House mouseHouse mouse – House mice are well adapted to living in close contact with humans and thrive where food and shelter are abundant. They eat and contaminate food supplies and also can transmit disease. Their gnawing activities can damage structures or property. To detect a house mouse infestation, look for droppings, fresh gnaw marks, and tracks, which indicate areas where mice are active. Search behind boxes, in drawers, in garages, or around woodpiles for nests made of finely shredded paper or other fibrous material. Mice are most active at night, but you also can see them during daylight hours.

Norway RatNorway/Wharf/Sewer Rat – sometimes called brown or sewer rats, are stocky burrowing rodents that are larger than roof rats. Their burrows are found along building foundations, beneath rubbish or woodpiles, and in moist areas in and around gardens and fields. Nests can be lined with shredded paper, cloth, or other fibrous material. When Norway rats invade buildings, they usually remain in the basement or ground floor. Norway rats live throughout the 48 contiguous United States. While generally found at lower elevations, this species can occur wherever people live.

Roof RatRoof Rat – sometimes called black rats, are slightly smaller than Norway rats. Unlike Norway rats, their tails are longer than their heads and bodies combined. Roof rats are agile climbers and usually live and nest above ground in shrubs, trees, and dense vegetation such as ivy. In buildings, they are most often found in enclosed or elevated spaces such as attics, walls, false ceilings, and cabinets. The roof rat has a more limited geographical range than the Norway rat, preferring ocean-influenced, warmer climates. In areas where the roof rat occurs, the Norway rat might also be present.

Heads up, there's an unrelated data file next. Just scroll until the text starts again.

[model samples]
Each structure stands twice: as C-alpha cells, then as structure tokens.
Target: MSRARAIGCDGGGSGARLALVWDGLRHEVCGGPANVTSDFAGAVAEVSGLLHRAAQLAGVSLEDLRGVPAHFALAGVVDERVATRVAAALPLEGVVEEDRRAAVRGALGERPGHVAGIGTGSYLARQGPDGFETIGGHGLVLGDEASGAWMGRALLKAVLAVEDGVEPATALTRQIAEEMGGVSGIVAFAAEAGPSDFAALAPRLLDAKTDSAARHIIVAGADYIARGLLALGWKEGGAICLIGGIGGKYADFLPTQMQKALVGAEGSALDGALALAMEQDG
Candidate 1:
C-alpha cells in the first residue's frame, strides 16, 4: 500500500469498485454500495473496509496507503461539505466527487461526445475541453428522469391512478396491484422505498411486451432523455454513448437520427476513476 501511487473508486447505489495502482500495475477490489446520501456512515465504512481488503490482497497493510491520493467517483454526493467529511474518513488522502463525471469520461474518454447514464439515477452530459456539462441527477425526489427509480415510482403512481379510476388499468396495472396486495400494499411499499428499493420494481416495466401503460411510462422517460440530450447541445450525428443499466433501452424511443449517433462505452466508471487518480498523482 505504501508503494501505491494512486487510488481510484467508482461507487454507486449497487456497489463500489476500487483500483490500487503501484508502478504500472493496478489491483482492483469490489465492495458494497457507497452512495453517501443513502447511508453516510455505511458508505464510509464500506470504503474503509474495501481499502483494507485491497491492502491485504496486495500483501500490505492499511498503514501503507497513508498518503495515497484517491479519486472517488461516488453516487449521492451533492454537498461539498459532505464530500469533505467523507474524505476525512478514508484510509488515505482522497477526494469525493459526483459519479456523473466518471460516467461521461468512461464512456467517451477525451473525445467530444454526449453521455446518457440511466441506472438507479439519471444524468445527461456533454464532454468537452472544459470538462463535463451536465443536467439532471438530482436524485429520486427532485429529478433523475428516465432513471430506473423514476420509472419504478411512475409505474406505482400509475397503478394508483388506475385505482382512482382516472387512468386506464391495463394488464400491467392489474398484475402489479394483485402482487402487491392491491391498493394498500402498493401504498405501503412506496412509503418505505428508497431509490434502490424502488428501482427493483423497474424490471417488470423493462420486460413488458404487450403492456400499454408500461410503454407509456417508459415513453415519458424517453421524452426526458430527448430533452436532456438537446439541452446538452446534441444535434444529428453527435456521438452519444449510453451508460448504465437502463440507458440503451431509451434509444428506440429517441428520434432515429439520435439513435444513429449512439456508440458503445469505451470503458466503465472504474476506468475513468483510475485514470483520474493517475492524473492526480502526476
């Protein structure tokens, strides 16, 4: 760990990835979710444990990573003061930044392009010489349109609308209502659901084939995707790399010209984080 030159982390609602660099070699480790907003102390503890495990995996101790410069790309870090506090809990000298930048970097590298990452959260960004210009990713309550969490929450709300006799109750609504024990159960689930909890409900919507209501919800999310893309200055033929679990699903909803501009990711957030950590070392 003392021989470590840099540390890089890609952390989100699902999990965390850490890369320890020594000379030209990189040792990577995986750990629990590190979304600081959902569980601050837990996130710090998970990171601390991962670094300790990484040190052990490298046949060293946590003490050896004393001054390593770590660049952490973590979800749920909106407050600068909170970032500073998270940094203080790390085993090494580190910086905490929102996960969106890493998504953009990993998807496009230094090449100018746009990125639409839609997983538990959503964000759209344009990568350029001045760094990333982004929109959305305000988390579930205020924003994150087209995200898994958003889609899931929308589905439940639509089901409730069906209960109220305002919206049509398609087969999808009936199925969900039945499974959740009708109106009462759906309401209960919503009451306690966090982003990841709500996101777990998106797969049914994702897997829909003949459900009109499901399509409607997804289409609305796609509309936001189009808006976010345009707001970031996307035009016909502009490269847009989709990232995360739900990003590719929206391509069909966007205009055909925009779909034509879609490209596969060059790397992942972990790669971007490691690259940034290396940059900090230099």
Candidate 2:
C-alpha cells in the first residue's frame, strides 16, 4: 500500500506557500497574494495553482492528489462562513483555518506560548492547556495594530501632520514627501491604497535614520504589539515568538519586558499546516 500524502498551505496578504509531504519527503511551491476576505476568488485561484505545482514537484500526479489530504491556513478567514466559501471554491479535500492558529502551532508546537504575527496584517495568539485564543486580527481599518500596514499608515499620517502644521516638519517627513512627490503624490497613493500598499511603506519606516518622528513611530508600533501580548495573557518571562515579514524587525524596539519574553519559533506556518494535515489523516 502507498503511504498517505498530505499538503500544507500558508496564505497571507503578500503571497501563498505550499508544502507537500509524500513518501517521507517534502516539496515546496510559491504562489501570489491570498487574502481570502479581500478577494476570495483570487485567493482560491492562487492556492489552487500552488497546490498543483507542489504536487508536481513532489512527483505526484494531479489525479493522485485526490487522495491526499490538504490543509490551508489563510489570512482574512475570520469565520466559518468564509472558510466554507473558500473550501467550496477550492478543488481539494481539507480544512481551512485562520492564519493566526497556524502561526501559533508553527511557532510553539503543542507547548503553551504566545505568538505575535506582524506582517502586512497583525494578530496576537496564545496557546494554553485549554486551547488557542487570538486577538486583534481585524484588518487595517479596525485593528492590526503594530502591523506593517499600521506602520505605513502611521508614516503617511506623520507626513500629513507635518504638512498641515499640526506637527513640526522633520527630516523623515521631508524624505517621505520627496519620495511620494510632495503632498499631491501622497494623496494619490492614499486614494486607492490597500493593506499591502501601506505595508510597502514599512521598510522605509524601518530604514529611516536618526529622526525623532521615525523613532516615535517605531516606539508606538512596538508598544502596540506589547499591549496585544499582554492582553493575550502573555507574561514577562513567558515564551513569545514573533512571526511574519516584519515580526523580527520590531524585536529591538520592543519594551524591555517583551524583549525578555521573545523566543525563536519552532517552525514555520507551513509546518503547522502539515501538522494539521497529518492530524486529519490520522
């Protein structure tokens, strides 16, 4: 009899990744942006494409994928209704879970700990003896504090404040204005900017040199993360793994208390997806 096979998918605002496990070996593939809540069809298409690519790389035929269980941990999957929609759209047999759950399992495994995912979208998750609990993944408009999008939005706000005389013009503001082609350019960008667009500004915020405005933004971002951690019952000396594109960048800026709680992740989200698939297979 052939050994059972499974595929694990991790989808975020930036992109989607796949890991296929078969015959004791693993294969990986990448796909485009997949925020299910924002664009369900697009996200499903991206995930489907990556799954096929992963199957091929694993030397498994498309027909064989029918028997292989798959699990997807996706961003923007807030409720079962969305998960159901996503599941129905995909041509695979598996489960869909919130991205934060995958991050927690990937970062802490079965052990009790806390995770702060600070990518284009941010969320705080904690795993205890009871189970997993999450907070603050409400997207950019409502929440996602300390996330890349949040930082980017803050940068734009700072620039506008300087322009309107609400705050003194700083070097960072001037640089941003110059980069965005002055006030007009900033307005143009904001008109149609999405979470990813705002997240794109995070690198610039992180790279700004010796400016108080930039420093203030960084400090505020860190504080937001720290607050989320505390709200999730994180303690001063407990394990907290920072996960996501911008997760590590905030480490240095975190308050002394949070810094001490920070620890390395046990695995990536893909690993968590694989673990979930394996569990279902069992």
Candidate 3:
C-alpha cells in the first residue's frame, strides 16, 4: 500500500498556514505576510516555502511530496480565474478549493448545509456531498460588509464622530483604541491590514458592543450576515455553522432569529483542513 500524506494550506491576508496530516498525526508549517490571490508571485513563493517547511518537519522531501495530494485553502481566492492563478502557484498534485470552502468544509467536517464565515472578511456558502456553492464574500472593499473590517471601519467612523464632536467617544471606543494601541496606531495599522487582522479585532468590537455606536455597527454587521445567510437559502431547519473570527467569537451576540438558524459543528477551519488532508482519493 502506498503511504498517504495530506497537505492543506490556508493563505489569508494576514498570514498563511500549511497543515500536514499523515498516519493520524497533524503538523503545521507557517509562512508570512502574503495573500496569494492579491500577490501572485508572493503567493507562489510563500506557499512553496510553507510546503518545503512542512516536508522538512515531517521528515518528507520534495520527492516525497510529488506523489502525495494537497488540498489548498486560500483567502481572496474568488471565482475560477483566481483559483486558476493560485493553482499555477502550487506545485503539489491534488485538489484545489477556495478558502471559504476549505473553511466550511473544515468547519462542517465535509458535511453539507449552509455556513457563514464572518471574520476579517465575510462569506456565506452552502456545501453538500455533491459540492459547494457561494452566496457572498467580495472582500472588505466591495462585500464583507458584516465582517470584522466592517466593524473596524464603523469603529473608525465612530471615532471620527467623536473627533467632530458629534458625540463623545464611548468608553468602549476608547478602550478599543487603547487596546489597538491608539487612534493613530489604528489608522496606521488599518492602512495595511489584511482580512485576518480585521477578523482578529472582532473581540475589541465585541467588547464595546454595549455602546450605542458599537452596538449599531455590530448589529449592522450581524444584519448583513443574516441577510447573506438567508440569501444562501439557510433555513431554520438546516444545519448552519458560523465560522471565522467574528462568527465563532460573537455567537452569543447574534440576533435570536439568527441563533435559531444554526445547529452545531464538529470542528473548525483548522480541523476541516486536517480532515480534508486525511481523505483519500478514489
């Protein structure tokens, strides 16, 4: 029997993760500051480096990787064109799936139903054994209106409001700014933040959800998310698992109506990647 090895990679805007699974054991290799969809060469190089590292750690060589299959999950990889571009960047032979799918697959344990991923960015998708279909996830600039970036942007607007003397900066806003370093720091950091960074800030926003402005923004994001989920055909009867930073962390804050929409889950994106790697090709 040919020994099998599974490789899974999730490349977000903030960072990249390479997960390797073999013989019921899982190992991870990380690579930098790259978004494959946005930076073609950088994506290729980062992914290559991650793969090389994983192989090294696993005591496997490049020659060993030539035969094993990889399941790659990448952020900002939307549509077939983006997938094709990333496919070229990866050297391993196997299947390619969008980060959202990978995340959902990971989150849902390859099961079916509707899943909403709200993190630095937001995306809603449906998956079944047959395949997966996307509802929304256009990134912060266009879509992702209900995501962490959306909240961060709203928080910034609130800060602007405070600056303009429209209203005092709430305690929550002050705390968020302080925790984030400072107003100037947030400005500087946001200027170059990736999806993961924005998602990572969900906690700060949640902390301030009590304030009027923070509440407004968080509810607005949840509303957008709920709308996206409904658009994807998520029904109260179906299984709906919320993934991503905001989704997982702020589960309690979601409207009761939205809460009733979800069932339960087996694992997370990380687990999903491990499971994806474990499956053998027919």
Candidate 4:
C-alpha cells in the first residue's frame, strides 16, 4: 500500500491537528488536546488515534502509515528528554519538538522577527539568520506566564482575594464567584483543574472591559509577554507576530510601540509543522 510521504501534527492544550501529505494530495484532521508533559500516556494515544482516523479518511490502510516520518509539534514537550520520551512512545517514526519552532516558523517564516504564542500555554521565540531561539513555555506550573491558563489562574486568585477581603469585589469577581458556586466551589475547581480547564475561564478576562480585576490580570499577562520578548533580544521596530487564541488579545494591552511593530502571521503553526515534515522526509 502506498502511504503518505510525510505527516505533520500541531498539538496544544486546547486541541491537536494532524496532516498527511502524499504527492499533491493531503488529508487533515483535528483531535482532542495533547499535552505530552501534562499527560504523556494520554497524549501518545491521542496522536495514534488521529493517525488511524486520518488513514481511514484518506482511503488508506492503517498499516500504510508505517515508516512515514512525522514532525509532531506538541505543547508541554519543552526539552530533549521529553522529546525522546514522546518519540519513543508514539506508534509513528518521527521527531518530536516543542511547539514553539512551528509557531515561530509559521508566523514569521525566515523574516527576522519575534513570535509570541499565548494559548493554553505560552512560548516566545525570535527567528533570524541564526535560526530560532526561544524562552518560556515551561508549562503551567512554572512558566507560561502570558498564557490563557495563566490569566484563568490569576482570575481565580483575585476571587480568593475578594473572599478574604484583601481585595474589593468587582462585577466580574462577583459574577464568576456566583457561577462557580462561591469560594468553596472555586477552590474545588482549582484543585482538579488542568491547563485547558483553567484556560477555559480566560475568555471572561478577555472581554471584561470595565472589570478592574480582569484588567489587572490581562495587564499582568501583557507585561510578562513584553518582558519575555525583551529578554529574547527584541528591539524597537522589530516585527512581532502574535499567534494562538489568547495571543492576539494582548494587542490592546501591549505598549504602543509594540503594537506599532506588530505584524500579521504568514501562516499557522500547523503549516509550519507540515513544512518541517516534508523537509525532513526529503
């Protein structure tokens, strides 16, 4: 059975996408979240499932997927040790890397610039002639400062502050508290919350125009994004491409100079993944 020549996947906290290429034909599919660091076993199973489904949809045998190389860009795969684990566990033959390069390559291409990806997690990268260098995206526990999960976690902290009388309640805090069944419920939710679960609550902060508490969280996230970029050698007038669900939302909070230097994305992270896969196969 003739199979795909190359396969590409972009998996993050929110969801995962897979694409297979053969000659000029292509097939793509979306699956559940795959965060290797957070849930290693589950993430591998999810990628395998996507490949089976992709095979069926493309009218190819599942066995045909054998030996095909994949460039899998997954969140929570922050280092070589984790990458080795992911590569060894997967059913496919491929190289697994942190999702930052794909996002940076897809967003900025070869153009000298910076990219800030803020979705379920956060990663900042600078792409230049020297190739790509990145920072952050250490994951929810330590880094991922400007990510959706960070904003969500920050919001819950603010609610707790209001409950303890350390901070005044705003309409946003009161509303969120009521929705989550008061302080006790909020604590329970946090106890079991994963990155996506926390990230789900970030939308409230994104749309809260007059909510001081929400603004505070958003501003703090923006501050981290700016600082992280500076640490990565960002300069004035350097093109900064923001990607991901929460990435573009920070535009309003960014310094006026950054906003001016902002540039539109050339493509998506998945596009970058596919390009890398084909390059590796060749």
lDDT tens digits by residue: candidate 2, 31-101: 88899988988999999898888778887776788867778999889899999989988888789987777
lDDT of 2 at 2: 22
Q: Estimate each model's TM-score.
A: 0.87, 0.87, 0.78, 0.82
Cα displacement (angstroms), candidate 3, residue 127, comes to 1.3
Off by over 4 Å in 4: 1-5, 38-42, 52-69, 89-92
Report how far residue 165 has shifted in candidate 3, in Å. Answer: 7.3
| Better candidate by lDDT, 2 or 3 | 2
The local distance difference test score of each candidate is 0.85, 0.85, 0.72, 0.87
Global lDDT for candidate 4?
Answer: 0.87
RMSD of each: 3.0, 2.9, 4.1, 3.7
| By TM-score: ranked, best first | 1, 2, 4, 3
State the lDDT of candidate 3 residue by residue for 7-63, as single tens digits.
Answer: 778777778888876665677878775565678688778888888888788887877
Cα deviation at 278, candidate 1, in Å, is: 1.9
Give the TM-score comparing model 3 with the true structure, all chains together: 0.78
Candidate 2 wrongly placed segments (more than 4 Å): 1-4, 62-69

gray_squirrelTree/Gray – Squirrels sometimes cause damage around homes and gardens, where they feed on immature and mature almonds, English and black walnuts, oranges, avocados, apples, apricots, and a variety of other plants. During ground foraging they may feed on strawberries, tomatoes, corn, and other crops. They also have a habit, principally in the fall, of digging holes in garden soil or in turf, where they bury nuts, acorns, or other seeds. This caching of food, which they may or may not ever retrieve, raises havoc in the garden and tears up a well-groomed lawn. They sometimes gnaw on telephone cables and may chew their way into wooden buildings or invade attics through gaps or broken vent screens. Tree squirrels carry certain diseases such as tularemia and ringworm that are transmissible to people. They are frequently infested with fleas, mites, and other ectoparasites. Tree squirrels are active during the day and are frequently seen in trees, running on utility lines, and foraging on the ground. Tree squirrels do not hibernate and are active year-round. They are most active in early morning and late afternoon.

Flying SquirrelFlying – The fine, silky fur is gray in color on the back and white on the belly. The tail is gray above and pinkish cinnamon below. Adults range in size from 8.3 – 9.8 inches in total length. The Southern Flying Squirrel has large, black eyes, prominent ears, and a bushy, flattened tail. It has a loose fold of skin that connects the forelimbs to the hindlimbs from wrist to ankle. This fold of skin, called a “patagium,” serves as the gliding membrane when the limbs are fully extended. In addition to leaping from limb to limb, it travels from tree to tree by leaping into the air from a tree limb. Buoyed by its outstretched gliding membrane, it can soar an average of 20 – 30 ft to land at the base of the next tree, which it then climbs to repeat the process. Records of glides up to 100 ft long have been recorded. By movements of the patagium and tail, it can control the direction of its flight and can make turns of 90 to 180 degrees. The Southern Flying Squirrel is very social, and it is not uncommon to find as many as 6 – 7 individuals using the same nest cavity in the winter.